Photosynthetic activity buffers ocean acidification in seagrass meadows
- 1Global Change department, IMEDEA (CSIC-UIB), Instituto Mediterráneo de Estudios Avanzados, C/ Miquel Marqués 21, 07190 Esporles (Mallorca), Spain
- 2The UWA Oceans Institute and School of Plant Biology, University of Western Australia, 35 Stirling Highway, Crawley WA 6009, Australia
- 3Laboratorio de Ecologia y Cambio Climatico, Facultad de Ciencias Universidad Santo Tomás, C/ Ejercito 146, Santiago de Chile, Chile
- 4Department of Biological Sciences, Florida International University, 11200 SW 8th Street, Miami, FL 33199, USA
Abstract. Macrophytes growing in shallow coastal zones characterised by intense metabolic activity have the capacity to modify pH within their canopy and beyond. We observed diel pH changes in shallow (5–12 m) seagrass (Posidonia oceanica) meadows spanning 0.06 pH units in September to 0.24 units in June. The carbonate system (pH, DIC, and aragonite saturation state (ΩAr)) and O2 within the meadows displayed strong diel variability driven by primary productivity, and changes in chemistry were related to structural parameters of the meadow, in particular, the leaf surface area available for photosynthesis (LAI). LAI was positively correlated to mean, max and range pHNBS and max and range ΩAr. In June, vertical mixing (as Turbulent Kinetic Energy) influenced max and min ΩAr, while in September there was no effect of hydrodynamics on the carbonate system within the canopy. Max and range ΩAr within the meadow showed a positive trend with the calcium carbonate load of the leaves, pointing to a possible link between structural parameters, ΩAr and carbonate deposition.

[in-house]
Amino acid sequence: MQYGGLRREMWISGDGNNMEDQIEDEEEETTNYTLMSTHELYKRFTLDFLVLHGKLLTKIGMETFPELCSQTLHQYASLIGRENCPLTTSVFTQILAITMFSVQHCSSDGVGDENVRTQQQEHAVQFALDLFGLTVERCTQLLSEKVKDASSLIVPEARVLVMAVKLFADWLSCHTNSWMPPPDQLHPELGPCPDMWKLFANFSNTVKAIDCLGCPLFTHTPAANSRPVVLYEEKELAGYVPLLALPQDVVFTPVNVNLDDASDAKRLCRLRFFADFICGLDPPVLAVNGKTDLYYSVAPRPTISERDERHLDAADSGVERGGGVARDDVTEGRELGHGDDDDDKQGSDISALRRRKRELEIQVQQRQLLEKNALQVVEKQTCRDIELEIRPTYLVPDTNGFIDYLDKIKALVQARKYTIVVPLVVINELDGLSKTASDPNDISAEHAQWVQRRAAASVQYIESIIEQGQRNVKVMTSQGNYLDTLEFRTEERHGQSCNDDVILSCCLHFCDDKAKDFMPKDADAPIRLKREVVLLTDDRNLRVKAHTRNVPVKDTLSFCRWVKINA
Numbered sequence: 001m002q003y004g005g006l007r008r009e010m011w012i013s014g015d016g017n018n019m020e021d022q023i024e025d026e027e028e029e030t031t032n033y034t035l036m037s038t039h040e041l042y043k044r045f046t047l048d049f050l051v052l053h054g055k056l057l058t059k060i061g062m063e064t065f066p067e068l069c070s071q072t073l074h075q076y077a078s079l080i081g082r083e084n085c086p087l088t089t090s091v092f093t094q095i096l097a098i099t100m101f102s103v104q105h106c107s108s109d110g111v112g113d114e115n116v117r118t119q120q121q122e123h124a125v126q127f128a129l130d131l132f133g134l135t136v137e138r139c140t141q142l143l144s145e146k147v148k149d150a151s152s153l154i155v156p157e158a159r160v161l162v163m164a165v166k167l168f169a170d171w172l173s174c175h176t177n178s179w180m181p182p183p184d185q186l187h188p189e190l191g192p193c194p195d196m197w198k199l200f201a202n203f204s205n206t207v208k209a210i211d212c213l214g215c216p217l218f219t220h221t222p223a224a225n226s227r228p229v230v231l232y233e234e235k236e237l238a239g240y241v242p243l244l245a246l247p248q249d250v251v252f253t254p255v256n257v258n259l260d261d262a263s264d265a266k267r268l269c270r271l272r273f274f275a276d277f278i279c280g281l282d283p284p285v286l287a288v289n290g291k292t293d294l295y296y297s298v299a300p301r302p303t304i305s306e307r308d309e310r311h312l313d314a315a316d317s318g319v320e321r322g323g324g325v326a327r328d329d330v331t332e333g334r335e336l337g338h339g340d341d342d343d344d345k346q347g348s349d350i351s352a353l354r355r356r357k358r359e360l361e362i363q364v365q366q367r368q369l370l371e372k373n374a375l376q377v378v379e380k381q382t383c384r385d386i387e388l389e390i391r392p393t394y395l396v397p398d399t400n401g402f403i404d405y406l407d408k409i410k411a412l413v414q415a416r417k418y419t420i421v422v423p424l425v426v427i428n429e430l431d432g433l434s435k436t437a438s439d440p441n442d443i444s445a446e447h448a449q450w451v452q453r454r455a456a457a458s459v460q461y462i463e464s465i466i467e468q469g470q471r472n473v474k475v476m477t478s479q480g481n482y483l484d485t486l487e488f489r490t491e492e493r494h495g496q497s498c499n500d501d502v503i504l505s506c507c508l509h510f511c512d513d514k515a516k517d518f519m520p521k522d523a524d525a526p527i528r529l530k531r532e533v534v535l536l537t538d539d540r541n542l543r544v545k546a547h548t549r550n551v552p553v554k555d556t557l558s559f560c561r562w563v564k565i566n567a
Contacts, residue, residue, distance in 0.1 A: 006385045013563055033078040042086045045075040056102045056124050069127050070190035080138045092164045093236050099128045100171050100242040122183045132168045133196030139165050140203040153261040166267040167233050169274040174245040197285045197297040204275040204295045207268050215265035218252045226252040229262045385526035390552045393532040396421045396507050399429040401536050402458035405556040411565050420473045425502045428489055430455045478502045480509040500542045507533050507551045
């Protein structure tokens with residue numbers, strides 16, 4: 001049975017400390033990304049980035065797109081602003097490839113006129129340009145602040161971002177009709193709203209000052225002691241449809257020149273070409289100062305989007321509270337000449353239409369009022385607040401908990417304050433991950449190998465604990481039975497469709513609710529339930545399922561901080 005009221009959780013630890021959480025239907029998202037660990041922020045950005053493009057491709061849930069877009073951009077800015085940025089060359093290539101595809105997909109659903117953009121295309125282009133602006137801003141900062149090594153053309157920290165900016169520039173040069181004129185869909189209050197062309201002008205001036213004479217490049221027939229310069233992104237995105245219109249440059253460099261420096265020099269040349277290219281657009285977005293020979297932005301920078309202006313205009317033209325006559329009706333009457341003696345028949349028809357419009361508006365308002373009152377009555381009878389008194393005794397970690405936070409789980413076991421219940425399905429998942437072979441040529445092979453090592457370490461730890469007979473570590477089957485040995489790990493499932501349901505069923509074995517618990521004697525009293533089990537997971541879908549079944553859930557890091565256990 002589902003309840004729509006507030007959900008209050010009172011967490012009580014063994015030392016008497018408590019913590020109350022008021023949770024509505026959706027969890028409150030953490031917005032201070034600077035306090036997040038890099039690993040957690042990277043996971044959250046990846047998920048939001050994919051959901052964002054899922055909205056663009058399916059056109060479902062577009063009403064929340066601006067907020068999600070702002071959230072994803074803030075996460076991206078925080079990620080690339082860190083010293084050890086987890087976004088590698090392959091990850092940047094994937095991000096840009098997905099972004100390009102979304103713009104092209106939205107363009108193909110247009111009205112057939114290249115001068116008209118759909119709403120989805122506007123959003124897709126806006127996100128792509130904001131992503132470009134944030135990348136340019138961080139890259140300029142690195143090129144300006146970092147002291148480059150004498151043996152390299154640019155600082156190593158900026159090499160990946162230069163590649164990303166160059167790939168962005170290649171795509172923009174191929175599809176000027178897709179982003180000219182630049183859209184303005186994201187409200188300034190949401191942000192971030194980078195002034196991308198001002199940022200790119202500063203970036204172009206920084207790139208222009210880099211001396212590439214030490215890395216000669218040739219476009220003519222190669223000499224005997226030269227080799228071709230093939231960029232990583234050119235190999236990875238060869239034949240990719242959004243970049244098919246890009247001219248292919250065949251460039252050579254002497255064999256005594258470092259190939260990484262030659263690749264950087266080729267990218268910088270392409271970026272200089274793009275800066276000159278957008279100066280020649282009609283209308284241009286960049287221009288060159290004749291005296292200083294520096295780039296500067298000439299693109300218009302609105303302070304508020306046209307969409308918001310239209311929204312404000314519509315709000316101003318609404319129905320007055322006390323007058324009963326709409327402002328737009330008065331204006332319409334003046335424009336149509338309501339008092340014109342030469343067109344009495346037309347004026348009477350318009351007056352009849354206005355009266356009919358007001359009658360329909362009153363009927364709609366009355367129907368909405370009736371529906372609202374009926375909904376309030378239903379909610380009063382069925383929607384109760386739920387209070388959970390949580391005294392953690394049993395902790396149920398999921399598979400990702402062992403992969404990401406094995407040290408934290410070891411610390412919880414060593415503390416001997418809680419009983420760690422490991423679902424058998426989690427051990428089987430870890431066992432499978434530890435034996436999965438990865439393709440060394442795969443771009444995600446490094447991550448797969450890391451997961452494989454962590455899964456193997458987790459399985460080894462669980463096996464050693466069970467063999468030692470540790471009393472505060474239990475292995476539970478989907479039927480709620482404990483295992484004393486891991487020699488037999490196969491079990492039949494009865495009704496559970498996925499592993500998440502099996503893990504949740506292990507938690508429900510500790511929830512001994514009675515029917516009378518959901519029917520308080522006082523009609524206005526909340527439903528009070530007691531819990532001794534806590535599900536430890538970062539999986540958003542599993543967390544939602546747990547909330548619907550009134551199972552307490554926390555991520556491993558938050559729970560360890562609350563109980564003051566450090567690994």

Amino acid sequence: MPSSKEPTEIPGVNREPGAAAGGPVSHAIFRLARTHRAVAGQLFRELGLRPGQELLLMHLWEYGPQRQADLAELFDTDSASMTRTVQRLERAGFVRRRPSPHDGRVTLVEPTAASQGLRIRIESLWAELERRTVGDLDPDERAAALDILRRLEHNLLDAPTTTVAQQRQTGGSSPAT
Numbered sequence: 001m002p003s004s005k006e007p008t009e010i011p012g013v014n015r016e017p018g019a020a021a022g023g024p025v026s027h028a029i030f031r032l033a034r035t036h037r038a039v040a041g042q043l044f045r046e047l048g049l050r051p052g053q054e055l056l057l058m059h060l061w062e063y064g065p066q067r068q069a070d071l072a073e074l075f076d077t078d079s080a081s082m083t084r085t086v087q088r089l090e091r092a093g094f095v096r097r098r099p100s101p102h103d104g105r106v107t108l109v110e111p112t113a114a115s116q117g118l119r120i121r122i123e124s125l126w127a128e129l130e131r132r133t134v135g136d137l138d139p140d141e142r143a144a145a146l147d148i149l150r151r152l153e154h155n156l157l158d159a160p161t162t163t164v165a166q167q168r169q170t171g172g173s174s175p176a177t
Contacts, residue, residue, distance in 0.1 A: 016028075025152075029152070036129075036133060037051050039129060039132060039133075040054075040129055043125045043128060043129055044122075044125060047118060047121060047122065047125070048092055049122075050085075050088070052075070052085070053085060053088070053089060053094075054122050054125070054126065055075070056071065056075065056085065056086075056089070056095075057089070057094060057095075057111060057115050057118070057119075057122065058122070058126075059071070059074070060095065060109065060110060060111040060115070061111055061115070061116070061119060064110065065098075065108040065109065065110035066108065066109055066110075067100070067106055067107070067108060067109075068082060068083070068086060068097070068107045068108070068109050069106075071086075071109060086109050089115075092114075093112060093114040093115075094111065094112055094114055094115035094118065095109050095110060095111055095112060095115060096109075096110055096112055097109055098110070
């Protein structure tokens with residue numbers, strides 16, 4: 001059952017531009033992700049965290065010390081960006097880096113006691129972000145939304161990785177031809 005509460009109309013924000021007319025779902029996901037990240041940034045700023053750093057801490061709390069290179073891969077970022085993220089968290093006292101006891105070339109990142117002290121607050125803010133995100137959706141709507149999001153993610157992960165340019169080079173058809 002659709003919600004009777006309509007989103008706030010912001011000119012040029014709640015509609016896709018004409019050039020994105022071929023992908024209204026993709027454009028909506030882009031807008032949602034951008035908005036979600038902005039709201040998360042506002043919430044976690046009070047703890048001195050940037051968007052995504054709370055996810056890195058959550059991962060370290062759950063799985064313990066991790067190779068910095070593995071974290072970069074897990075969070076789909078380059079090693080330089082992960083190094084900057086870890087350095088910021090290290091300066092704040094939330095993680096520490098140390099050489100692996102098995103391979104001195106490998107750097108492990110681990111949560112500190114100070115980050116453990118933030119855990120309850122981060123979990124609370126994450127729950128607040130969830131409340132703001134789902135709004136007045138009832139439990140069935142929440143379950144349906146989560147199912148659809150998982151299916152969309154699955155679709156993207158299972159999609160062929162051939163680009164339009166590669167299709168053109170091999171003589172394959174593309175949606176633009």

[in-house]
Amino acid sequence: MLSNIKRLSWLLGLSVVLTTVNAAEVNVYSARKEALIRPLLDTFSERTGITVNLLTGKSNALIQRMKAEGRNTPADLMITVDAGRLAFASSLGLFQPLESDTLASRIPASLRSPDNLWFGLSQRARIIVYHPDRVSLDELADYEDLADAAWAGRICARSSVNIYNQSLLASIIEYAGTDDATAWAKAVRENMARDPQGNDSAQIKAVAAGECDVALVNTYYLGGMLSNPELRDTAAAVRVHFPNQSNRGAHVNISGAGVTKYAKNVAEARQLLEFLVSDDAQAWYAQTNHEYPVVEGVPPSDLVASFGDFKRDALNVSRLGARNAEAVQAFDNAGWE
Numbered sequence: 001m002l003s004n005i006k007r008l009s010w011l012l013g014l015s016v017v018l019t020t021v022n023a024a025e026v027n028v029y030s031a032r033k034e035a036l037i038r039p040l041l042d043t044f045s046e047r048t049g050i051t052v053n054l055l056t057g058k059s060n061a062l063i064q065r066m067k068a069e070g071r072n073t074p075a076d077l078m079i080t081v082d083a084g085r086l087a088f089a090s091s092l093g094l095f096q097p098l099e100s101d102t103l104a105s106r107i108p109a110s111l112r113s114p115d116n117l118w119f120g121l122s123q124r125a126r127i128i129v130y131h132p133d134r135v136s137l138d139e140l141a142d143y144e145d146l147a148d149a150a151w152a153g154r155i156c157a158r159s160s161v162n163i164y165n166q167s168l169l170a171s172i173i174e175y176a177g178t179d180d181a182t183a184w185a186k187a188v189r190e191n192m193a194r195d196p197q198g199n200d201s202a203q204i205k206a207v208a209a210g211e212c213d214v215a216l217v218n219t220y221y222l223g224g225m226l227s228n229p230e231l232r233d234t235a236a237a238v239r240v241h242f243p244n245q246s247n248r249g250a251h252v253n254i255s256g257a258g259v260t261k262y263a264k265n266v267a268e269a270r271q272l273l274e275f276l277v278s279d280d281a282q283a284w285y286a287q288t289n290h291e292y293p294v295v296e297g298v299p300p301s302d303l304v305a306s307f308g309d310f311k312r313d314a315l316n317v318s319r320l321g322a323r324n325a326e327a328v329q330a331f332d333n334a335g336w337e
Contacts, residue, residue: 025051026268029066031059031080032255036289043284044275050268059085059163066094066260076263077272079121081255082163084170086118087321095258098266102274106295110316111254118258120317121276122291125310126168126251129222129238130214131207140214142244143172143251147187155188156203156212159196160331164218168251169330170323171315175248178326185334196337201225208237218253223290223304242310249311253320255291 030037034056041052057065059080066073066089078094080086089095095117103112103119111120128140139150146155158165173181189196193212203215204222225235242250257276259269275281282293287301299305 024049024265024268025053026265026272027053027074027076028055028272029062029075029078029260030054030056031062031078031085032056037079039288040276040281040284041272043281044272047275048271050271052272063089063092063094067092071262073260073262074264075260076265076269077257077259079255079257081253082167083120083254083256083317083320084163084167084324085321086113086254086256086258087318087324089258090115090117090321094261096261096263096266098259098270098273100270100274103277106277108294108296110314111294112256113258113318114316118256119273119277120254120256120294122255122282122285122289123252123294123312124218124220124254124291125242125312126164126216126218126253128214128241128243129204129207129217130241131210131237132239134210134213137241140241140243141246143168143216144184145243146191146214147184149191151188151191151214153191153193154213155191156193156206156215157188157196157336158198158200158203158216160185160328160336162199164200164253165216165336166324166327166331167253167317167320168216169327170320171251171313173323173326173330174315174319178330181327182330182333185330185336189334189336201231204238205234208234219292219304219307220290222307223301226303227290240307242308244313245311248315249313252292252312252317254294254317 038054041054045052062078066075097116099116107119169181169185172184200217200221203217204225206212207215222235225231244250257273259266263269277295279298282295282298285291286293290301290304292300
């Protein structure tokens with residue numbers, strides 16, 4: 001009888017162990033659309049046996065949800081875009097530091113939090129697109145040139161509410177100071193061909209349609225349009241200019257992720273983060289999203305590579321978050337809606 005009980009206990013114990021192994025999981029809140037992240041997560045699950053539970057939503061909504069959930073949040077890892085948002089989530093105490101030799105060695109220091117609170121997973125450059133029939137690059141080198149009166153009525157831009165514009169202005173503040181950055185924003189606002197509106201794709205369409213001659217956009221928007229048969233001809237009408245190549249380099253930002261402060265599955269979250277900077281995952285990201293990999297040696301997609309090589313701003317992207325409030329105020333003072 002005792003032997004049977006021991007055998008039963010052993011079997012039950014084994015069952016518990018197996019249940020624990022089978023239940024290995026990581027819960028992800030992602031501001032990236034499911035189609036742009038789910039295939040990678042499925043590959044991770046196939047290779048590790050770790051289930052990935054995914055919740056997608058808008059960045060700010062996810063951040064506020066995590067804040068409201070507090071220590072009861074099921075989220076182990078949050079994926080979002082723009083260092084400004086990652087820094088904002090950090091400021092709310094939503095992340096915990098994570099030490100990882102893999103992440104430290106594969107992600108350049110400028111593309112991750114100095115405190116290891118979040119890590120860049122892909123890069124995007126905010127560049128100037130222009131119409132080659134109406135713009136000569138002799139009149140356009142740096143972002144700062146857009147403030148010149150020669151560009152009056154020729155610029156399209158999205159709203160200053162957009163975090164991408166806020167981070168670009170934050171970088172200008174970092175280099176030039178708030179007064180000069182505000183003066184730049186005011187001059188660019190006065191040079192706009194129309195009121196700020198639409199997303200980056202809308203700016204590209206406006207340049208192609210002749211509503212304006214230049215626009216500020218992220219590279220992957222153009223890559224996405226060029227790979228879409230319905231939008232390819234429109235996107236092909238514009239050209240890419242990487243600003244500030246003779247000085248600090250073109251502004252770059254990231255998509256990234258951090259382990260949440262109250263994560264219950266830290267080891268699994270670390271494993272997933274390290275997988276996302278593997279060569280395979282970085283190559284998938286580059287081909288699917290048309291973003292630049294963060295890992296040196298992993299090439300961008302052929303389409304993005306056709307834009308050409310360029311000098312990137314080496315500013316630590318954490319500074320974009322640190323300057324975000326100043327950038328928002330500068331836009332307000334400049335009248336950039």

Calcifying organisms, e.g. epiphytes with carbonate skeletons, may benefit from the modification of the carbonate system by the meadow. There is, however, concern for the ability of seagrasses to provide modifications of similar importance in the future. The predicted decline of seagrass meadows may alter the scope for alteration of pH within a seagrass meadow and in the water column above the meadow, particularly if shoot density and biomass decline, on which LAI is based. Organisms associated with seagrass communities may therefore suffer from the loss of pH buffering capacity in degraded meadows.